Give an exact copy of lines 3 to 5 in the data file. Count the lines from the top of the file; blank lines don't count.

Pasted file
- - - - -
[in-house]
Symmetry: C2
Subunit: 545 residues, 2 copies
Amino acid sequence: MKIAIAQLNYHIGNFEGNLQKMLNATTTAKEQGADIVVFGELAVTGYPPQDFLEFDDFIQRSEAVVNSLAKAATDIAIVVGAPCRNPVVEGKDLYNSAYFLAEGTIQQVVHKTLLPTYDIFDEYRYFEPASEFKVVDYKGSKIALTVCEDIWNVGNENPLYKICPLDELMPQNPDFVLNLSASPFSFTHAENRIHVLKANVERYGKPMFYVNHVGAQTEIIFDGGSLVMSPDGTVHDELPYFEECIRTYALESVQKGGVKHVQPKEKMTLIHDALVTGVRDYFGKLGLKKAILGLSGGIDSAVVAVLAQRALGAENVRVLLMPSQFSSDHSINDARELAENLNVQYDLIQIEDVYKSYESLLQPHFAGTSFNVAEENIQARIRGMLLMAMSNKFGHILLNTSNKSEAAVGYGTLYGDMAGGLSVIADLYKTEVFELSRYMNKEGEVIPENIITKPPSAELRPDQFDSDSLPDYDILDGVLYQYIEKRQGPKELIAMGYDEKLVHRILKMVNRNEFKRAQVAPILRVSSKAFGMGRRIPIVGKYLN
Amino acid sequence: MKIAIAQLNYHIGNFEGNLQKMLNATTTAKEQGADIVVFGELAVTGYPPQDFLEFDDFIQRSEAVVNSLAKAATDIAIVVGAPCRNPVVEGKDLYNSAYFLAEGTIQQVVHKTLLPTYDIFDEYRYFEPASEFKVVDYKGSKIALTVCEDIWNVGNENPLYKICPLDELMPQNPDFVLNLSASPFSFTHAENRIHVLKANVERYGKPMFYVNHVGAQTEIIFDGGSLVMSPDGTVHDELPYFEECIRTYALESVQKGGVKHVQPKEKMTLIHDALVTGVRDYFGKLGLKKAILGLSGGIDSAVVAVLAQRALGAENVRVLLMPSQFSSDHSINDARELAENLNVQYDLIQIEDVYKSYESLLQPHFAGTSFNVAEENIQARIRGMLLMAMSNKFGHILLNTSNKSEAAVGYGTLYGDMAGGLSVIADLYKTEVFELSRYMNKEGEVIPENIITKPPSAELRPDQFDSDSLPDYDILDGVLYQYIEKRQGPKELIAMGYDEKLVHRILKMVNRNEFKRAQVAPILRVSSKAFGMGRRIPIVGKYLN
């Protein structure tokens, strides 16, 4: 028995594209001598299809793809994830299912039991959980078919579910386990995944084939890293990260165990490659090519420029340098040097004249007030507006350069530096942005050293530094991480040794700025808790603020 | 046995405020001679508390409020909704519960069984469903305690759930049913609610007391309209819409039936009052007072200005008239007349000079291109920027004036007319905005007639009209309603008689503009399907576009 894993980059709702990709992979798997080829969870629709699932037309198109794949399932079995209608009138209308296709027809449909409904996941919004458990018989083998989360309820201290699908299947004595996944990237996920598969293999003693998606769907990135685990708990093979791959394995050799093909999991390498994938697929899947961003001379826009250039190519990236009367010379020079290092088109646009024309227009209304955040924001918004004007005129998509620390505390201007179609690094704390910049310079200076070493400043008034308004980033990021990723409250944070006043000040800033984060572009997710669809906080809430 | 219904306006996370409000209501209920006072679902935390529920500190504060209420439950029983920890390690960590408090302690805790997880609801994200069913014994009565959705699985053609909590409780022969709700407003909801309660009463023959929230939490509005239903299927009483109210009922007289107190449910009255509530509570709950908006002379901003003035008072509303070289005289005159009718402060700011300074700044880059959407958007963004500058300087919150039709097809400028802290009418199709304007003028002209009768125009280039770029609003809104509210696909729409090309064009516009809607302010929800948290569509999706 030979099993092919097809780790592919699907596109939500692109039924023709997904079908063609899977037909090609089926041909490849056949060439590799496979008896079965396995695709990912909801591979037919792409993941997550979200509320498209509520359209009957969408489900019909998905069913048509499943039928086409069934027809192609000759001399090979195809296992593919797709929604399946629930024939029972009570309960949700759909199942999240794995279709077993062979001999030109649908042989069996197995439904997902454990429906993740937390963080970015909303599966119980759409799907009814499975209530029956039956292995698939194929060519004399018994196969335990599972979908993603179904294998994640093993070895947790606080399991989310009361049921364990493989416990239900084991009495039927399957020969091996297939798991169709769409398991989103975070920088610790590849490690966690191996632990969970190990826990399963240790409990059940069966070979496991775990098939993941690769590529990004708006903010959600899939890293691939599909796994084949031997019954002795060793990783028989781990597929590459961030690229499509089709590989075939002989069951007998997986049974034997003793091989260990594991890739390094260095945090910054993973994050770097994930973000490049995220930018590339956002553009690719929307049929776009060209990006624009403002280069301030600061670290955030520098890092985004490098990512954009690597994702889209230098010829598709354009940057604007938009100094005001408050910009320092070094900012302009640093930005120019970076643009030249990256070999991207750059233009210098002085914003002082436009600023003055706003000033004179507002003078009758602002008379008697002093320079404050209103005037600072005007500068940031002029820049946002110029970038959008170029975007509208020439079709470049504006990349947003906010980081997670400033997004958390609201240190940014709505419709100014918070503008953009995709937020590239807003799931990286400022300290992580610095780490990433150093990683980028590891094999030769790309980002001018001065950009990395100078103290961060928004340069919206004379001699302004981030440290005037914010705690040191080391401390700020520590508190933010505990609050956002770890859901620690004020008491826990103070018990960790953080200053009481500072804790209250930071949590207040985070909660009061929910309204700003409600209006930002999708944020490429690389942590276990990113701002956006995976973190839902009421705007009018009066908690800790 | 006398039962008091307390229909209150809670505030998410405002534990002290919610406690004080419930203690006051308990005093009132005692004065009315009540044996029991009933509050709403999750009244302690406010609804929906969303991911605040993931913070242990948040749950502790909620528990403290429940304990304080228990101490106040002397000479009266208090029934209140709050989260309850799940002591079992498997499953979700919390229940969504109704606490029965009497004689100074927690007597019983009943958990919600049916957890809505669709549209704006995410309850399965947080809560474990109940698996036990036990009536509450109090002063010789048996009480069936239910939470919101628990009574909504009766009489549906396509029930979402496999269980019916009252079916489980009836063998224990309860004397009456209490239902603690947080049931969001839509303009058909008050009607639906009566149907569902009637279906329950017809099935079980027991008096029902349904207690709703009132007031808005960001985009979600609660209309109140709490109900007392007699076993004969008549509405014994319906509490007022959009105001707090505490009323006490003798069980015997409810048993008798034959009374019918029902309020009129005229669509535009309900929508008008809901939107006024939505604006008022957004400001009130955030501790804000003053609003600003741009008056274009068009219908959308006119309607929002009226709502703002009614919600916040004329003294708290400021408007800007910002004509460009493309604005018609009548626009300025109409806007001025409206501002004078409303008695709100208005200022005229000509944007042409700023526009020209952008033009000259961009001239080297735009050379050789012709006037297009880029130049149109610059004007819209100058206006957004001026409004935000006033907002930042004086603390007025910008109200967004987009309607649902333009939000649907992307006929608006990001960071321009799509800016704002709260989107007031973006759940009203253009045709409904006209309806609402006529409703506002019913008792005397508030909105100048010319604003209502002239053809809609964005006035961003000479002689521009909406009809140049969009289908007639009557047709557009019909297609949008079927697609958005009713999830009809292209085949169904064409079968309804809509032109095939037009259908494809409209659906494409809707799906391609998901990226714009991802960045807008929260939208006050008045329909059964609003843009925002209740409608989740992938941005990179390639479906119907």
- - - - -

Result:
Subunit: 545 residues, 2 copies
Amino acid sequence: MKIAIAQLNYHIGNFEGNLQKMLNATTTAKEQGADIVVFGELAVTGYPPQDFLEFDDFIQRSEAVVNSLAKAATDIAIVVGAPCRNPVVEGKDLYNSAYFLAEGTIQQVVHKTLLPTYDIFDEYRYFEPASEFKVVDYKGSKIALTVCEDIWNVGNENPLYKICPLDELMPQNPDFVLNLSASPFSFTHAENRIHVLKANVERYGKPMFYVNHVGAQTEIIFDGGSLVMSPDGTVHDELPYFEECIRTYALESVQKGGVKHVQPKEKMTLIHDALVTGVRDYFGKLGLKKAILGLSGGIDSAVVAVLAQRALGAENVRVLLMPSQFSSDHSINDARELAENLNVQYDLIQIEDVYKSYESLLQPHFAGTSFNVAEENIQARIRGMLLMAMSNKFGHILLNTSNKSEAAVGYGTLYGDMAGGLSVIADLYKTEVFELSRYMNKEGEVIPENIITKPPSAELRPDQFDSDSLPDYDILDGVLYQYIEKRQGPKELIAMGYDEKLVHRILKMVNRNEFKRAQVAPILRVSSKAFGMGRRIPIVGKYLN
Amino acid sequence: MKIAIAQLNYHIGNFEGNLQKMLNATTTAKEQGADIVVFGELAVTGYPPQDFLEFDDFIQRSEAVVNSLAKAATDIAIVVGAPCRNPVVEGKDLYNSAYFLAEGTIQQVVHKTLLPTYDIFDEYRYFEPASEFKVVDYKGSKIALTVCEDIWNVGNENPLYKICPLDELMPQNPDFVLNLSASPFSFTHAENRIHVLKANVERYGKPMFYVNHVGAQTEIIFDGGSLVMSPDGTVHDELPYFEECIRTYALESVQKGGVKHVQPKEKMTLIHDALVTGVRDYFGKLGLKKAILGLSGGIDSAVVAVLAQRALGAENVRVLLMPSQFSSDHSINDARELAENLNVQYDLIQIEDVYKSYESLLQPHFAGTSFNVAEENIQARIRGMLLMAMSNKFGHILLNTSNKSEAAVGYGTLYGDMAGGLSVIADLYKTEVFELSRYMNKEGEVIPENIITKPPSAELRPDQFDSDSLPDYDILDGVLYQYIEKRQGPKELIAMGYDEKLVHRILKMVNRNEFKRAQVAPILRVSSKAFGMGRRIPIVGKYLN